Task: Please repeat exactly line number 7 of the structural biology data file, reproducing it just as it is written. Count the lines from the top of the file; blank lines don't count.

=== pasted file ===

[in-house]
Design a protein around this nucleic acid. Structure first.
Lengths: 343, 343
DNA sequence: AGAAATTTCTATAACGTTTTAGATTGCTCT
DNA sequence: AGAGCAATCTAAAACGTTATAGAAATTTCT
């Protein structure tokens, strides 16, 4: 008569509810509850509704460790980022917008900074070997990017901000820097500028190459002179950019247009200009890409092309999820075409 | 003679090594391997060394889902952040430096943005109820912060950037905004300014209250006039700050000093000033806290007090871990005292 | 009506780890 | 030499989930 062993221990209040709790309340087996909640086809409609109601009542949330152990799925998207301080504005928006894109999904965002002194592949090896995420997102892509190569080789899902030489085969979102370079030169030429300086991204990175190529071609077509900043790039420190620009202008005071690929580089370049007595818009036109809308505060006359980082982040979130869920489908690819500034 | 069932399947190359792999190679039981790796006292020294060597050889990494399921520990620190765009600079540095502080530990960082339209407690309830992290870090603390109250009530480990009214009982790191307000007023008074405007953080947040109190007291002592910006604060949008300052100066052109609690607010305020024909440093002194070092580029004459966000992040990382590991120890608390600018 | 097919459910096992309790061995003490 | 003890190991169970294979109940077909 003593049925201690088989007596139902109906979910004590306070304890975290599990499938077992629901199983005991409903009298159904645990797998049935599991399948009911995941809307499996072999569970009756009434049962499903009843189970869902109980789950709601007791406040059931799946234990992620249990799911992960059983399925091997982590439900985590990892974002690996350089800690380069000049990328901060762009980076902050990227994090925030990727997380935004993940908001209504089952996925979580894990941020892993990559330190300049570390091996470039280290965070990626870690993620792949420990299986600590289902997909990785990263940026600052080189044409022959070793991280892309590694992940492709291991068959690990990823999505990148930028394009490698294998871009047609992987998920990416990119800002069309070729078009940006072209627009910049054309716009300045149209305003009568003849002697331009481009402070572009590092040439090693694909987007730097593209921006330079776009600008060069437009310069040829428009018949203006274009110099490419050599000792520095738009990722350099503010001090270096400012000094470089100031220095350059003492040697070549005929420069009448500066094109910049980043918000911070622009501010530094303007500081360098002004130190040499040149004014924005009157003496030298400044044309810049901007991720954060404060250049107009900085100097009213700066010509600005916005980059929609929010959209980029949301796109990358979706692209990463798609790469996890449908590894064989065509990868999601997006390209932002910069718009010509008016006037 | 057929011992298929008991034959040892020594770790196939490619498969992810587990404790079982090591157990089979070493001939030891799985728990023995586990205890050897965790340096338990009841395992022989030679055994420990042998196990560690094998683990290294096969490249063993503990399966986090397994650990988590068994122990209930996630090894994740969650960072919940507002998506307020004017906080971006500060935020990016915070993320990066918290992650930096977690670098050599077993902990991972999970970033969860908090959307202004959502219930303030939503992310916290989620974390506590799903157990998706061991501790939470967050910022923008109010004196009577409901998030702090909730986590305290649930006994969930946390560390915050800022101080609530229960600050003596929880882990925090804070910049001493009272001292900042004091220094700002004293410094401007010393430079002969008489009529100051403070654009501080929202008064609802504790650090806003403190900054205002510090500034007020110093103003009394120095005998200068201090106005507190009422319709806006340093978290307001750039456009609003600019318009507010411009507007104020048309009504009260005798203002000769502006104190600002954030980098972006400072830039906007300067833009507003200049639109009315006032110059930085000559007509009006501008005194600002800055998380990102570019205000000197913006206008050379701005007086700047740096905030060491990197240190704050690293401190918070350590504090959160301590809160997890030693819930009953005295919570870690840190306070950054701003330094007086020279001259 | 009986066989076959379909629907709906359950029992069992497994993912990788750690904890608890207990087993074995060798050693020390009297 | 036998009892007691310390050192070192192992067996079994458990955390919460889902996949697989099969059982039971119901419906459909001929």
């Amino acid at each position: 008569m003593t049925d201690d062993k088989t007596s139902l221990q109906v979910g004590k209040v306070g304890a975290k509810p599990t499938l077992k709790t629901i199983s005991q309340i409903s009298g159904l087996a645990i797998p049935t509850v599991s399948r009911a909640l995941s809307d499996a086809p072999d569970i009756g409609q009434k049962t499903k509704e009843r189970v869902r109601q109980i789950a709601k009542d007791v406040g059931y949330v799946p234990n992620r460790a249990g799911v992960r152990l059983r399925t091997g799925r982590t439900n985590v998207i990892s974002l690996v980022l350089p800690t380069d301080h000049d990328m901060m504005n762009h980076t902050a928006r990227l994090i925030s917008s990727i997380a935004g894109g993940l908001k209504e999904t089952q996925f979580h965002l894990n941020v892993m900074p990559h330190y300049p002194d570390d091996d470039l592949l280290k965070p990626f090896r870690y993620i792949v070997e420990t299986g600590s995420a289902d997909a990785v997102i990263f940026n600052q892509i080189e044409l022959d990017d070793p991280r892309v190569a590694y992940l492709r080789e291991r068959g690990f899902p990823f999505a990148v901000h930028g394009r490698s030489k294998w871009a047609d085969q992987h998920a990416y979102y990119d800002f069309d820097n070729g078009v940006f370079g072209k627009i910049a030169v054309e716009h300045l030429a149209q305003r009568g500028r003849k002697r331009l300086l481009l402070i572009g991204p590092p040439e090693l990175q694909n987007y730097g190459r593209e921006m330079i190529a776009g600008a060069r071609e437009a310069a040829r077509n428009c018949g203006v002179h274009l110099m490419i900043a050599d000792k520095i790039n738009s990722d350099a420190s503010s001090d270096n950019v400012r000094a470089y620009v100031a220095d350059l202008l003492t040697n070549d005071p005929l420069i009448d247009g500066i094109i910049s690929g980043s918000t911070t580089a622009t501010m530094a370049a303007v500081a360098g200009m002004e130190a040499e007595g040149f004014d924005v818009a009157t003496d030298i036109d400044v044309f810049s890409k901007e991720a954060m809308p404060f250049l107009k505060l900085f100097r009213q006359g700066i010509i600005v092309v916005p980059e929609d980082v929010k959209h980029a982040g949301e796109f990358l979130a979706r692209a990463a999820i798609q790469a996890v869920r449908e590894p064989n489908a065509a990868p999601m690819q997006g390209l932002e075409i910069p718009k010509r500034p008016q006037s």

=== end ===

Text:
């Amino acid at each position: 008569m003593t049925d201690d062993k088989t007596s139902l221990q109906v979910g004590k209040v306070g304890a975290k509810p599990t499938l077992k709790t629901i199983s005991q309340i409903s009298g159904l087996a645990i797998p049935t509850v599991s399948r009911a909640l995941s809307d499996a086809p072999d569970i009756g409609q009434k049962t499903k509704e009843r189970v869902r109601q109980i789950a709601k009542d007791v406040g059931y949330v799946p234990n992620r460790a249990g799911v992960r152990l059983r399925t091997g799925r982590t439900n985590v998207i990892s974002l690996v980022l350089p800690t380069d301080h000049d990328m901060m504005n762009h980076t902050a928006r990227l994090i925030s917008s990727i997380a935004g894109g993940l908001k209504e999904t089952q996925f979580h965002l894990n941020v892993m900074p990559h330190y300049p002194d570390d091996d470039l592949l280290k965070p990626f090896r870690y993620i792949v070997e420990t299986g600590s995420a289902d997909a990785v997102i990263f940026n600052q892509i080189e044409l022959d990017d070793p991280r892309v190569a590694y992940l492709r080789e291991r068959g690990f899902p990823f999505a990148v901000h930028g394009r490698s030489k294998w871009a047609d085969q992987h998920a990416y979102y990119d800002f069309d820097n070729g078009v940006f370079g072209k627009i910049a030169v054309e716009h300045l030429a149209q305003r009568g500028r003849k002697r331009l300086l481009l402070i572009g991204p590092p040439e090693l990175q694909n987007y730097g190459r593209e921006m330079i190529a776009g600008a060069r071609e437009a310069a040829r077509n428009c018949g203006v002179h274009l110099m490419i900043a050599d000792k520095i790039n738009s990722d350099a420190s503010s001090d270096n950019v400012r000094a470089y620009v100031a220095d350059l202008l003492t040697n070549d005071p005929l420069i009448d247009g500066i094109i910049s690929g980043s918000t911070t580089a622009t501010m530094a370049a303007v500081a360098g200009m002004e130190a040499e007595g040149f004014d924005v818009a009157t003496d030298i036109d400044v044309f810049s890409k901007e991720a954060m809308p404060f250049l107009k505060l900085f100097r009213q006359g700066i010509i600005v092309v916005p980059e929609d980082v929010k959209h980029a982040g949301e796109f990358l979130a979706r692209a990463a999820i798609q790469a996890v869920r449908e590894p064989n489908a065509a990868p999601m690819q997006g390209l932002e075409i910069p718009k010509r500034p008016q006037s």